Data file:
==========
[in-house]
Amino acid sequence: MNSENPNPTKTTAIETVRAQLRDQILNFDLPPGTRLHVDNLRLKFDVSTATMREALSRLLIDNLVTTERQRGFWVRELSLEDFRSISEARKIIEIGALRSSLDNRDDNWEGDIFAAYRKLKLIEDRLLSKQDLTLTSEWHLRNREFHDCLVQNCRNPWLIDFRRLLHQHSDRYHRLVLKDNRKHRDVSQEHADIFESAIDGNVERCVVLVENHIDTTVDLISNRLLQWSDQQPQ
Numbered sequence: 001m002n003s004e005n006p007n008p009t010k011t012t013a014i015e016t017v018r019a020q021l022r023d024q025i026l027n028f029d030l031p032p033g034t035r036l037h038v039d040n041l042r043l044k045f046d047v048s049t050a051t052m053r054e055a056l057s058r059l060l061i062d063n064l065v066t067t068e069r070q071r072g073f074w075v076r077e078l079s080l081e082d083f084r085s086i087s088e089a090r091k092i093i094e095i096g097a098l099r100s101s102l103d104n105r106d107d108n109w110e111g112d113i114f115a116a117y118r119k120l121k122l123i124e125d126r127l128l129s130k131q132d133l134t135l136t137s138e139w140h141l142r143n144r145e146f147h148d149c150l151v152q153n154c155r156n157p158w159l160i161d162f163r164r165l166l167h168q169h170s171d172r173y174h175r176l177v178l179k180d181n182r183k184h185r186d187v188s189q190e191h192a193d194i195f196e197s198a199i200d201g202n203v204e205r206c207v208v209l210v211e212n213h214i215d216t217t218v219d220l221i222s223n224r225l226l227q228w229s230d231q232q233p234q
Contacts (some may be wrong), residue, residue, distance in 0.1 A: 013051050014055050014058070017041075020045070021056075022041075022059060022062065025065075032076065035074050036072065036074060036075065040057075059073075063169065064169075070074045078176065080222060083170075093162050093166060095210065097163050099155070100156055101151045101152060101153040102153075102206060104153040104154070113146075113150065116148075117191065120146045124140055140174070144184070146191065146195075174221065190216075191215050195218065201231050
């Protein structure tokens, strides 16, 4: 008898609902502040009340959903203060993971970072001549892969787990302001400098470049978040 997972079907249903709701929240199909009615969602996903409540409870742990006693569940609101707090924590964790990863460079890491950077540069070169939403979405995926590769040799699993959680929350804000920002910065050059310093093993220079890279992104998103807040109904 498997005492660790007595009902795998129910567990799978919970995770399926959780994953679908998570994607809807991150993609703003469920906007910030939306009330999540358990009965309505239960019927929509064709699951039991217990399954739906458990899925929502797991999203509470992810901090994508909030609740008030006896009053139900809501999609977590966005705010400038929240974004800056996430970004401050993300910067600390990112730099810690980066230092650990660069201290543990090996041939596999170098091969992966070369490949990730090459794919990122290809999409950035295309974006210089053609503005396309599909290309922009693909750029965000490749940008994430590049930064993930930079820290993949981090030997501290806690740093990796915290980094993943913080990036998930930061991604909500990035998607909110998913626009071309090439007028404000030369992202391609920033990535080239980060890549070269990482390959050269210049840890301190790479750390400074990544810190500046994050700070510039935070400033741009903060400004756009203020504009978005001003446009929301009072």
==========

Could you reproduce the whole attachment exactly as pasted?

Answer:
[in-house]
Amino acid sequence: MNSENPNPTKTTAIETVRAQLRDQILNFDLPPGTRLHVDNLRLKFDVSTATMREALSRLLIDNLVTTERQRGFWVRELSLEDFRSISEARKIIEIGALRSSLDNRDDNWEGDIFAAYRKLKLIEDRLLSKQDLTLTSEWHLRNREFHDCLVQNCRNPWLIDFRRLLHQHSDRYHRLVLKDNRKHRDVSQEHADIFESAIDGNVERCVVLVENHIDTTVDLISNRLLQWSDQQPQ
Numbered sequence: 001m002n003s004e005n006p007n008p009t010k011t012t013a014i015e016t017v018r019a020q021l022r023d024q025i026l027n028f029d030l031p032p033g034t035r036l037h038v039d040n041l042r043l044k045f046d047v048s049t050a051t052m053r054e055a056l057s058r059l060l061i062d063n064l065v066t067t068e069r070q071r072g073f074w075v076r077e078l079s080l081e082d083f084r085s086i087s088e089a090r091k092i093i094e095i096g097a098l099r100s101s102l103d104n105r106d107d108n109w110e111g112d113i114f115a116a117y118r119k120l121k122l123i124e125d126r127l128l129s130k131q132d133l134t135l136t137s138e139w140h141l142r143n144r145e146f147h148d149c150l151v152q153n154c155r156n157p158w159l160i161d162f163r164r165l166l167h168q169h170s171d172r173y174h175r176l177v178l179k180d181n182r183k184h185r186d187v188s189q190e191h192a193d194i195f196e197s198a199i200d201g202n203v204e205r206c207v208v209l210v211e212n213h214i215d216t217t218v219d220l221i222s223n224r225l226l227q228w229s230d231q232q233p234q
Contacts (some may be wrong), residue, residue, distance in 0.1 A: 013051050014055050014058070017041075020045070021056075022041075022059060022062065025065075032076065035074050036072065036074060036075065040057075059073075063169065064169075070074045078176065080222060083170075093162050093166060095210065097163050099155070100156055101151045101152060101153040102153075102206060104153040104154070113146075113150065116148075117191065120146045124140055140174070144184070146191065146195075174221065190216075191215050195218065201231050
């Protein structure tokens, strides 16, 4: 008898609902502040009340959903203060993971970072001549892969787990302001400098470049978040 997972079907249903709701929240199909009615969602996903409540409870742990006693569940609101707090924590964790990863460079890491950077540069070169939403979405995926590769040799699993959680929350804000920002910065050059310093093993220079890279992104998103807040109904 498997005492660790007595009902795998129910567990799978919970995770399926959780994953679908998570994607809807991150993609703003469920906007910030939306009330999540358990009965309505239960019927929509064709699951039991217990399954739906458990899925929502797991999203509470992810901090994508909030609740008030006896009053139900809501999609977590966005705010400038929240974004800056996430970004401050993300910067600390990112730099810690980066230092650990660069201290543990090996041939596999170098091969992966070369490949990730090459794919990122290809999409950035295309974006210089053609503005396309599909290309922009693909750029965000490749940008994430590049930064993930930079820290993949981090030997501290806690740093990796915290980094993943913080990036998930930061991604909500990035998607909110998913626009071309090439007028404000030369992202391609920033990535080239980060890549070269990482390959050269210049840890301190790479750390400074990544810190500046994050700070510039935070400033741009903060400004756009203020504009978005001003446009929301009072």